Safe spaces for dialogue
To understand the context in which a project will take place, often the best source of information is the community itself. The ESPF and the SP encourage a participatory approach to identify gender-based risks and associated mitigation measures. But how to create an environment where people can freely share their thoughts without fear of retaliation?
To design a gender-sensitive consultation process, executing agencies and clients must keep in mind the importance of creating safe spaces for women to express their views and concerns, and foster the opportunity to build networks among them. Something to consider and address are the obstacles faced by women that may hinder them from participating in consultations, such as time and mobility constraints due to caring for children or the elderly, safety issues, language barriers, and less experience and self-confidence to speak in public. Executing agencies and clients must, therefore, facilitate measures to ensure women’s meaningful participation and, when necessary, convene separate culturally-appropriate meetings to allow for a more open discussion.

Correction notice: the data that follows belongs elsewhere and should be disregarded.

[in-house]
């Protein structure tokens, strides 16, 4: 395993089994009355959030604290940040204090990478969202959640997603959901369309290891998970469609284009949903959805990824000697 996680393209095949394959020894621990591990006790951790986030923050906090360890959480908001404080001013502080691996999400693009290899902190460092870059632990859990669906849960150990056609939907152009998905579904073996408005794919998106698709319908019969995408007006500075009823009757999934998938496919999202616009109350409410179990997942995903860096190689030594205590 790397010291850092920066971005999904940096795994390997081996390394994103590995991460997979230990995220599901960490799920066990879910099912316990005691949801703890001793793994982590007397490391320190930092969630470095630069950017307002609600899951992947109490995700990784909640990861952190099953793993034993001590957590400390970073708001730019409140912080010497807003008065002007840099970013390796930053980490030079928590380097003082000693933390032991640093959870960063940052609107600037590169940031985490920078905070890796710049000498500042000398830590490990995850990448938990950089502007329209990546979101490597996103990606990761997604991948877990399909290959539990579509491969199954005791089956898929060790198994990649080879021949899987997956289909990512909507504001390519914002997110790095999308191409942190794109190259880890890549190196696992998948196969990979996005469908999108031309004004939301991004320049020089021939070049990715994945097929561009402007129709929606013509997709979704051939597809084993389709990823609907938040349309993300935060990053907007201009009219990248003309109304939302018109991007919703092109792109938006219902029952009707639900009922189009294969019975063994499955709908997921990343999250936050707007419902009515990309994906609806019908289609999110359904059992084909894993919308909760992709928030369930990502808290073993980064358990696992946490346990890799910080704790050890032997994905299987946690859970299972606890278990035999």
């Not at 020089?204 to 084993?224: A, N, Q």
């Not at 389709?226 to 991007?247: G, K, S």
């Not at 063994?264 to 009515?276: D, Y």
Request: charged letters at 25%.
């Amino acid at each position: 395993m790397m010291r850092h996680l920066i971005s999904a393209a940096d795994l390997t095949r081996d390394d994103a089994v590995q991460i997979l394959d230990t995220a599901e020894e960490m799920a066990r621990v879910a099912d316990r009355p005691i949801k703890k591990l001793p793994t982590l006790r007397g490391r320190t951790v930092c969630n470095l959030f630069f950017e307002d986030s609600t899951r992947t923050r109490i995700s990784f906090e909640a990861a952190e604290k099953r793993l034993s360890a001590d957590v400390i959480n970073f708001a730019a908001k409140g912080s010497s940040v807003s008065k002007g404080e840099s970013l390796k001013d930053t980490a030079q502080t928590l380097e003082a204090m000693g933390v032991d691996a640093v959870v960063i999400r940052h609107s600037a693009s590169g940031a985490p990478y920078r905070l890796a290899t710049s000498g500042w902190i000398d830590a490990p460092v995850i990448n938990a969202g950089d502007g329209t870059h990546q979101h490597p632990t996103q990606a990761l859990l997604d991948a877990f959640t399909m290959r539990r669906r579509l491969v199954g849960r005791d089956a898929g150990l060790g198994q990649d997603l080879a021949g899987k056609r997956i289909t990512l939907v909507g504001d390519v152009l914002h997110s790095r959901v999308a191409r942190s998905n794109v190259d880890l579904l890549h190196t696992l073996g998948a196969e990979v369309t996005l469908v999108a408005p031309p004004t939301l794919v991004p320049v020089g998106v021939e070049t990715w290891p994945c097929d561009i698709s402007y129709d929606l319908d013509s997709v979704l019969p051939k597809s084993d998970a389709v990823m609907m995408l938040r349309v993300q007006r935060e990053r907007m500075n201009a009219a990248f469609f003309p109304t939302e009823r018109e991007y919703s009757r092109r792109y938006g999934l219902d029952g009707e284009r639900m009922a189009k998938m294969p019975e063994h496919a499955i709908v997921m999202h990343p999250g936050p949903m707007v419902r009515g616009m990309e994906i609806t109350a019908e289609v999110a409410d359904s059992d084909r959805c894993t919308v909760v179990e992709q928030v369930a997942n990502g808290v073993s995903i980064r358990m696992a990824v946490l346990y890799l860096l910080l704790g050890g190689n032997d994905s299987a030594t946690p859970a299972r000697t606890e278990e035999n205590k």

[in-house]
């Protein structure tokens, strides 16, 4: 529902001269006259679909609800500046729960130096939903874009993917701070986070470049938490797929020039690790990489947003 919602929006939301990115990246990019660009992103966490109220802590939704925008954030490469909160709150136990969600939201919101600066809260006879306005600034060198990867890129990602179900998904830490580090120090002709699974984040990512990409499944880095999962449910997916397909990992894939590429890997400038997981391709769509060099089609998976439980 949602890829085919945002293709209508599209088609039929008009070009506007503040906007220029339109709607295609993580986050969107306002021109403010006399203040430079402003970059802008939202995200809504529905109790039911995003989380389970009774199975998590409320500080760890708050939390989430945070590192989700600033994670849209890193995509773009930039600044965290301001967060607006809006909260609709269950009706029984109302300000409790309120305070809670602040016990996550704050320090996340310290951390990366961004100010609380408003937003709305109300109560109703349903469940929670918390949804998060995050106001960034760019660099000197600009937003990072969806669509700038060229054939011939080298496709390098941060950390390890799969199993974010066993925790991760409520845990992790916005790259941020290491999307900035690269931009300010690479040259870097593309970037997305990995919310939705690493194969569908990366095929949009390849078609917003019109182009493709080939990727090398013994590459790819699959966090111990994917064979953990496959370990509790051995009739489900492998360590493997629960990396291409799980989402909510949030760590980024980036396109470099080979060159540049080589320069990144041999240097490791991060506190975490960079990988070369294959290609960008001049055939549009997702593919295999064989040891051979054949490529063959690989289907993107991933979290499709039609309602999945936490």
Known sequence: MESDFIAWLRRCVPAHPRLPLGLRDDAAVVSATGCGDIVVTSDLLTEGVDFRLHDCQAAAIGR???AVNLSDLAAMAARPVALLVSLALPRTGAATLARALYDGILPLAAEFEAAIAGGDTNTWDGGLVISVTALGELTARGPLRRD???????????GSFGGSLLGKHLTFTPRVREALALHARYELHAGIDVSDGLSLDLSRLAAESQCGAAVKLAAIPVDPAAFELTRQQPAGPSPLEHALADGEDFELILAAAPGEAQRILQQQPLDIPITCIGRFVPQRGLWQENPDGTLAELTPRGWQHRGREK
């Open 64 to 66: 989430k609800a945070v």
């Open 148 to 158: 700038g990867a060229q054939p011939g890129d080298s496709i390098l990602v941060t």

Confidentiality is also a key element of this participatory approach. In many cases, women may fear stigmatization from their own social circles, which have normalized gender inequality. In others, weak governance and corruption may make them particularly vulnerable to retaliation and call for stronger protection measures.
Gender-sensitive consultation processes bring awareness on the importance of targeting SGBV and strengthen and build women’s networks. Women’s civil society organizations and networks play a fundamental role in fostering democracy, raising awareness, promoting collaboration and building resilience.
Grievance channels to address SGBV
To complement its safeguard policies, the IDB Group has a grievance structure in place to receive and address complaints related to environmental and social issues, amongst them SGBV.